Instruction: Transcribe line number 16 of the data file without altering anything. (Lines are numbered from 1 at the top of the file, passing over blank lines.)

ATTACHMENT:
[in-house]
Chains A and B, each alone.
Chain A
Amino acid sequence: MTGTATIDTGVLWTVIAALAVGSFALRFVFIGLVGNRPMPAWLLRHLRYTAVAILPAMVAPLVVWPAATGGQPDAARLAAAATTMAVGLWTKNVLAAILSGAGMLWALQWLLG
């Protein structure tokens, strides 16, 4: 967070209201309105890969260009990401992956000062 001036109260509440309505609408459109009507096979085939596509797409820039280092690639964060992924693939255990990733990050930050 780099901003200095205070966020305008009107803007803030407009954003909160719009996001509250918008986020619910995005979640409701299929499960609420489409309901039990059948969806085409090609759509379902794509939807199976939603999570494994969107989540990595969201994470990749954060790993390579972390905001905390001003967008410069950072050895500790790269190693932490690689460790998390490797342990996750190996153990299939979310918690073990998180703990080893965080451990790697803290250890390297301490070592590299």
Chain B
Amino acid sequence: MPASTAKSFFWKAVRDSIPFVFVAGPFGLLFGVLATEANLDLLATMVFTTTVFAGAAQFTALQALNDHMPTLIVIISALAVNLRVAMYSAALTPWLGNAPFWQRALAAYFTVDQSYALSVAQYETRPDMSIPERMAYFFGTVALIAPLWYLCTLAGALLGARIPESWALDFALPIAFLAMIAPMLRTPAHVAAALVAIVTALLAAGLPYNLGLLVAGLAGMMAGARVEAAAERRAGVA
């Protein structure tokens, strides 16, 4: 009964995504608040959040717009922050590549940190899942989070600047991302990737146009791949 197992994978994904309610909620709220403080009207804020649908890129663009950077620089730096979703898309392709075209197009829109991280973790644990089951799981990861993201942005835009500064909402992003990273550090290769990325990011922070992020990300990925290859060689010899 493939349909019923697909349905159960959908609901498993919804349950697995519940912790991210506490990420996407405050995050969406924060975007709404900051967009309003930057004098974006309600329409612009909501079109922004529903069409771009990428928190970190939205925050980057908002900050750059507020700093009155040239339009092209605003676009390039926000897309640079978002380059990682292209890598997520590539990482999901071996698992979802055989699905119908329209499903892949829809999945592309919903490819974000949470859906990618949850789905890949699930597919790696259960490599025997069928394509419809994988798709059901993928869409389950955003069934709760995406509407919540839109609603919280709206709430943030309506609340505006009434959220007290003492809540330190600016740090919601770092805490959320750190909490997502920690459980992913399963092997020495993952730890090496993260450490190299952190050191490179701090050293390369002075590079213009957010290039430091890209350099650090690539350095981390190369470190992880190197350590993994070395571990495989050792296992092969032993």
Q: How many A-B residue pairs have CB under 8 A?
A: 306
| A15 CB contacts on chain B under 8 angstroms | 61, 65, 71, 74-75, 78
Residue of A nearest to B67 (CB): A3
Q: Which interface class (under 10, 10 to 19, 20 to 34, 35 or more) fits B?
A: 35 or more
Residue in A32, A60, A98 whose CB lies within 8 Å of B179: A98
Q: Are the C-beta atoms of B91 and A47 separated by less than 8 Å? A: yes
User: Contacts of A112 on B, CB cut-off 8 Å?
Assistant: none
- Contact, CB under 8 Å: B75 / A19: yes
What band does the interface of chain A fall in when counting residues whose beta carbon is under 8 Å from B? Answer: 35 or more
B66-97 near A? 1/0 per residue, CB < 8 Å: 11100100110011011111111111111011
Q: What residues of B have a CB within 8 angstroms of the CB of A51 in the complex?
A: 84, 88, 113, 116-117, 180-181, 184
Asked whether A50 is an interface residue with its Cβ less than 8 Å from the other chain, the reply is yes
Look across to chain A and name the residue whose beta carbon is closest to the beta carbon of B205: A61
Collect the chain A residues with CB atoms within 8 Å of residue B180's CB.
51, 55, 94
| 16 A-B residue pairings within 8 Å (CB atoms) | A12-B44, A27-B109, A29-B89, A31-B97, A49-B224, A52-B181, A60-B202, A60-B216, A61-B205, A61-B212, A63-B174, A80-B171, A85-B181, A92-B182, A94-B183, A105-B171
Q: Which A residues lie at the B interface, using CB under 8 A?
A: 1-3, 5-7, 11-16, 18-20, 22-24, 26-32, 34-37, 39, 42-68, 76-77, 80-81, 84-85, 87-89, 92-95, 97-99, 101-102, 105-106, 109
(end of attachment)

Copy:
Q: Are the C-beta atoms of B91 and A47 separated by less than 8 Å? A: yes